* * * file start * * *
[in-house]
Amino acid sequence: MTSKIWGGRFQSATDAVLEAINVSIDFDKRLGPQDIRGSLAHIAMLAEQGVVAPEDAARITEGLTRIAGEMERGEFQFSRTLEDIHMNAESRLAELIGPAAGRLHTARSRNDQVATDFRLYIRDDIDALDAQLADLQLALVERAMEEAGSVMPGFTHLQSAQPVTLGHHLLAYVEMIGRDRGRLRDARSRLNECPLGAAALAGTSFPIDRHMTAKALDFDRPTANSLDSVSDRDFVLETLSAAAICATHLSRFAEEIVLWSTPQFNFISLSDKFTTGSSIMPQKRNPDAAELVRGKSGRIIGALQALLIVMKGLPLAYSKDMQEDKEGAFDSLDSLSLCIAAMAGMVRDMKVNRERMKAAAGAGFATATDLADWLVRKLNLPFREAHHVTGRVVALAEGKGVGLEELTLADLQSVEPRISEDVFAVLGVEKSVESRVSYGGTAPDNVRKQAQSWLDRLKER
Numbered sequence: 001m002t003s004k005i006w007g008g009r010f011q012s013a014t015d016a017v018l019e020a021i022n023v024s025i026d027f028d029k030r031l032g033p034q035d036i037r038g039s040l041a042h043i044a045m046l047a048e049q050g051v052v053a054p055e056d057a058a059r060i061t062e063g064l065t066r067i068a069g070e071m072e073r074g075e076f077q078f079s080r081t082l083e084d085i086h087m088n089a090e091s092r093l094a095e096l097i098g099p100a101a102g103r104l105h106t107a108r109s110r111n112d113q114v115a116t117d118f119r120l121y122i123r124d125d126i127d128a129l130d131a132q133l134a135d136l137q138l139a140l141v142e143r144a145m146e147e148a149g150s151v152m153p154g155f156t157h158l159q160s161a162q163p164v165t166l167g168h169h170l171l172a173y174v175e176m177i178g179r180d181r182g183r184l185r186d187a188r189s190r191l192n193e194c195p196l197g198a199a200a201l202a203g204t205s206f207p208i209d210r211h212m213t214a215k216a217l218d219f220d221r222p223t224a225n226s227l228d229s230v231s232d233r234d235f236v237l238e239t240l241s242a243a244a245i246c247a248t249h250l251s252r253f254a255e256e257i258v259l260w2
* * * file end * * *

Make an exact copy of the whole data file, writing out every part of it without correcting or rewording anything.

[in-house]
Amino acid sequence: MTSKIWGGRFQSATDAVLEAINVSIDFDKRLGPQDIRGSLAHIAMLAEQGVVAPEDAARITEGLTRIAGEMERGEFQFSRTLEDIHMNAESRLAELIGPAAGRLHTARSRNDQVATDFRLYIRDDIDALDAQLADLQLALVERAMEEAGSVMPGFTHLQSAQPVTLGHHLLAYVEMIGRDRGRLRDARSRLNECPLGAAALAGTSFPIDRHMTAKALDFDRPTANSLDSVSDRDFVLETLSAAAICATHLSRFAEEIVLWSTPQFNFISLSDKFTTGSSIMPQKRNPDAAELVRGKSGRIIGALQALLIVMKGLPLAYSKDMQEDKEGAFDSLDSLSLCIAAMAGMVRDMKVNRERMKAAAGAGFATATDLADWLVRKLNLPFREAHHVTGRVVALAEGKGVGLEELTLADLQSVEPRISEDVFAVLGVEKSVESRVSYGGTAPDNVRKQAQSWLDRLKER
Numbered sequence: 001m002t003s004k005i006w007g008g009r010f011q012s013a014t015d016a017v018l019e020a021i022n023v024s025i026d027f028d029k030r031l032g033p034q035d036i037r038g039s040l041a042h043i044a045m046l047a048e049q050g051v052v053a054p055e056d057a058a059r060i061t062e063g064l065t066r067i068a069g070e071m072e073r074g075e076f077q078f079s080r081t082l083e084d085i086h087m088n089a090e091s092r093l094a095e096l097i098g099p100a101a102g103r104l105h106t107a108r109s110r111n112d113q114v115a116t117d118f119r120l121y122i123r124d125d126i127d128a129l130d131a132q133l134a135d136l137q138l139a140l141v142e143r144a145m146e147e148a149g150s151v152m153p154g155f156t157h158l159q160s161a162q163p164v165t166l167g168h169h170l171l172a173y174v175e176m177i178g179r180d181r182g183r184l185r186d187a188r189s190r191l192n193e194c195p196l197g198a199a200a201l202a203g204t205s206f207p208i209d210r211h212m213t214a215k216a217l218d219f220d221r222p223t224a225n226s227l228d229s230v231s232d233r234d235f236v237l238e239t240l241s242a243a244a245i246c247a248t249h250l251s252r253f254a255e256e257i258v259l260w2